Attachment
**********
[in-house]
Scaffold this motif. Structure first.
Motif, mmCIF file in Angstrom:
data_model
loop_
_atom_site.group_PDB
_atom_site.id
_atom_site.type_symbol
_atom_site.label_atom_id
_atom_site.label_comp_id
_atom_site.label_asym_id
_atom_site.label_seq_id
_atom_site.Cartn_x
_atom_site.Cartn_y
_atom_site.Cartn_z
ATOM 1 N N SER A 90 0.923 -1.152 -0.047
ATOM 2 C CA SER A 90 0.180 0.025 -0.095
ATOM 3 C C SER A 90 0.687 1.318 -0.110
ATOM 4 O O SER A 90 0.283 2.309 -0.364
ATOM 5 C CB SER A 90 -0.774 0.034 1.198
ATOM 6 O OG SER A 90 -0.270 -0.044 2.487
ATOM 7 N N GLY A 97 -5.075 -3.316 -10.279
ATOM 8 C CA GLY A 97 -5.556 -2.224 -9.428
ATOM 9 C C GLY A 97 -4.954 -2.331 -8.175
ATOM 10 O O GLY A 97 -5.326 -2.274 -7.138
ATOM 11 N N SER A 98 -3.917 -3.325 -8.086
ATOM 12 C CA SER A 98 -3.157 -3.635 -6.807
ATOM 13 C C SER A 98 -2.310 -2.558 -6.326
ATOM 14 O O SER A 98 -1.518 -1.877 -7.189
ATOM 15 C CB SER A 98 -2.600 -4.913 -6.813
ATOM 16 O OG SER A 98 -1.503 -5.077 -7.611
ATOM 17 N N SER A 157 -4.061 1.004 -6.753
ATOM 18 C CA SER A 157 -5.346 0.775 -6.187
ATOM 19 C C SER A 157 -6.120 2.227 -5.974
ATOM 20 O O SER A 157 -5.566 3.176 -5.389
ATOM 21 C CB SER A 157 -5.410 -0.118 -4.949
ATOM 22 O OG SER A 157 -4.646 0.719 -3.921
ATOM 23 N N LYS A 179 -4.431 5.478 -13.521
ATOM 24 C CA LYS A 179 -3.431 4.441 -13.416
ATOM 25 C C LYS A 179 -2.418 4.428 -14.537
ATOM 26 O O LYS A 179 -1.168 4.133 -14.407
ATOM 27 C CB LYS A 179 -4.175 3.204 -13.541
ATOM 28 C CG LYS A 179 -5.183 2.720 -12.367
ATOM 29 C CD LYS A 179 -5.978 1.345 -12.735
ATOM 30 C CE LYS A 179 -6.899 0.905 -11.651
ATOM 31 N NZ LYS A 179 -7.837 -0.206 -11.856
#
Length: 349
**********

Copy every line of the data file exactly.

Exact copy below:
[in-house]
Scaffold this motif. Structure first.
Motif, mmCIF file in Angstrom:
data_model
loop_
_atom_site.group_PDB
_atom_site.id
_atom_site.type_symbol
_atom_site.label_atom_id
_atom_site.label_comp_id
_atom_site.label_asym_id
_atom_site.label_seq_id
_atom_site.Cartn_x
_atom_site.Cartn_y
_atom_site.Cartn_z
ATOM 1 N N SER A 90 0.923 -1.152 -0.047
ATOM 2 C CA SER A 90 0.180 0.025 -0.095
ATOM 3 C C SER A 90 0.687 1.318 -0.110
ATOM 4 O O SER A 90 0.283 2.309 -0.364
ATOM 5 C CB SER A 90 -0.774 0.034 1.198
ATOM 6 O OG SER A 90 -0.270 -0.044 2.487
ATOM 7 N N GLY A 97 -5.075 -3.316 -10.279
ATOM 8 C CA GLY A 97 -5.556 -2.224 -9.428
ATOM 9 C C GLY A 97 -4.954 -2.331 -8.175
ATOM 10 O O GLY A 97 -5.326 -2.274 -7.138
ATOM 11 N N SER A 98 -3.917 -3.325 -8.086
ATOM 12 C CA SER A 98 -3.157 -3.635 -6.807
ATOM 13 C C SER A 98 -2.310 -2.558 -6.326
ATOM 14 O O SER A 98 -1.518 -1.877 -7.189
ATOM 15 C CB SER A 98 -2.600 -4.913 -6.813
ATOM 16 O OG SER A 98 -1.503 -5.077 -7.611
ATOM 17 N N SER A 157 -4.061 1.004 -6.753
ATOM 18 C CA SER A 157 -5.346 0.775 -6.187
ATOM 19 C C SER A 157 -6.120 2.227 -5.974
ATOM 20 O O SER A 157 -5.566 3.176 -5.389
ATOM 21 C CB SER A 157 -5.410 -0.118 -4.949
ATOM 22 O OG SER A 157 -4.646 0.719 -3.921
ATOM 23 N N LYS A 179 -4.431 5.478 -13.521
ATOM 24 C CA LYS A 179 -3.431 4.441 -13.416
ATOM 25 C C LYS A 179 -2.418 4.428 -14.537
ATOM 26 O O LYS A 179 -1.168 4.133 -14.407
ATOM 27 C CB LYS A 179 -4.175 3.204 -13.541
ATOM 28 C CG LYS A 179 -5.183 2.720 -12.367
ATOM 29 C CD LYS A 179 -5.978 1.345 -12.735
ATOM 30 C CE LYS A 179 -6.899 0.905 -11.651
ATOM 31 N NZ LYS A 179 -7.837 -0.206 -11.856
#
Length: 349